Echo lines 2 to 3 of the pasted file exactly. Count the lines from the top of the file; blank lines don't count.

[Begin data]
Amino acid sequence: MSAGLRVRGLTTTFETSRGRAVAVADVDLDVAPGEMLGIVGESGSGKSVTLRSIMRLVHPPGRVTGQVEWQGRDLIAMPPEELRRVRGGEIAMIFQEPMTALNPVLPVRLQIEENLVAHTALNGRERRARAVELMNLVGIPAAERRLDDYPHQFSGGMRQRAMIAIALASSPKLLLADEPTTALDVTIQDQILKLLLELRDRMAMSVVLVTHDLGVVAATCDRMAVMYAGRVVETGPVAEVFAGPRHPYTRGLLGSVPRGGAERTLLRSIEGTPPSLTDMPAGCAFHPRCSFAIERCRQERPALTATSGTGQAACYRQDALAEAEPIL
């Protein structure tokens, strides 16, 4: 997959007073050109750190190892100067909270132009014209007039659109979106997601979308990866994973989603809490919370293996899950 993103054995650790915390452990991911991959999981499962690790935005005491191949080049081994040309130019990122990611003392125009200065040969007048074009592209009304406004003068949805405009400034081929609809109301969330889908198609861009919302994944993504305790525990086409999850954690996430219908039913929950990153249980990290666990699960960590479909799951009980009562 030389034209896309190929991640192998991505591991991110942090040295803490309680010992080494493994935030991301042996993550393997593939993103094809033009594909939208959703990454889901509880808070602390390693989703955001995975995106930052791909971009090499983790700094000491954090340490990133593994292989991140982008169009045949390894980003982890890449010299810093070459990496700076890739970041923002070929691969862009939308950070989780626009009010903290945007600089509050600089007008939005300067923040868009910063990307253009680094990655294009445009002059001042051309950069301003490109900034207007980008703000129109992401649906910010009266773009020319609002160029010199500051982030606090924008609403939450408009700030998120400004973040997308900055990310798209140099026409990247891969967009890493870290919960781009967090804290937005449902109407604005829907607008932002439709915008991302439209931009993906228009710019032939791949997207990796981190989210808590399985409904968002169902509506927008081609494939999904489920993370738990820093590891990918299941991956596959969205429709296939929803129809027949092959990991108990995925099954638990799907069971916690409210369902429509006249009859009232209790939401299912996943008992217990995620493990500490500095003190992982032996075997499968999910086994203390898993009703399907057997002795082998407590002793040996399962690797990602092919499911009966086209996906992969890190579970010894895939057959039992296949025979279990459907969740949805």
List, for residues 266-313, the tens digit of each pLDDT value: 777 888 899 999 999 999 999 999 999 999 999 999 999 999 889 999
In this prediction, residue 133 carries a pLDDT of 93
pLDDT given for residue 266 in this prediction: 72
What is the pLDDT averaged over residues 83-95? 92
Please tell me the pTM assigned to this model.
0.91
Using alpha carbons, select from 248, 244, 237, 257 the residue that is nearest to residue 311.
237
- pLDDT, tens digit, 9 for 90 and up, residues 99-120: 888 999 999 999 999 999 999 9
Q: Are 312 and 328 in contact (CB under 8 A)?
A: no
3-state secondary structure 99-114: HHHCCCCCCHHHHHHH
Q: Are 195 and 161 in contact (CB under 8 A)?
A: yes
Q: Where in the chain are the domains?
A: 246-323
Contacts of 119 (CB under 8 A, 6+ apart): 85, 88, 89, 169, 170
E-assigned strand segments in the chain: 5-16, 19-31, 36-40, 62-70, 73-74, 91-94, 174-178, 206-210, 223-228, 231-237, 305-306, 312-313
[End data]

């Protein structure tokens, strides 16, 4: 997959007073050109750190190892100067909270132009014209007039659109979106997601979308990866994973989603809490919370293996899950 993103054995650790915390452990991911991959999981499962690790935005005491191949080049081994040309130019990122990611003392125009200065040969007048074009592209009304406004003068949805405009400034081929609809109301969330889908198609861009919302994944993504305790525990086409999850954690996430219908039913929950990153249980990290666990699960960590479909799951009980009562 030389034209896309190929991640192998991505591991991110942090040295803490309680010992080494493994935030991301042996993550393997593939993103094809033009594909939208959703990454889901509880808070602390390693989703955001995975995106930052791909971009090499983790700094000491954090340490990133593994292989991140982008169009045949390894980003982890890449010299810093070459990496700076890739970041923002070929691969862009939308950070989780626009009010903290945007600089509050600089007008939005300067923040868009910063990307253009680094990655294009445009002059001042051309950069301003490109900034207007980008703000129109992401649906910010009266773009020319609002160029010199500051982030606090924008609403939450408009700030998120400004973040997308900055990310798209140099026409990247891969967009890493870290919960781009967090804290937005449902109407604005829907607008932002439709915008991302439209931009993906228009710019032939791949997207990796981190989210808590399985409904968002169902509506927008081609494939999904489920993370738990820093590891990918299941991956596959969205429709296939929803129809027949092959990991108990995925099954638990799907069971916690409210369902429509006249009859009232209790939401299912996943008992217990995620493990500490500095003190992982032996075997499968999910086994203390898993009703399907057997002795082998407590002793040996399962690797990602092919499911009966086209996906992969890190579970010894895939057959039992296949025979279990459907969740949805």
List, for residues 266-313, the tens digit of each pLDDT value: 777 888 899 999 999 999 999 999 999 999 999 999 999 999 889 999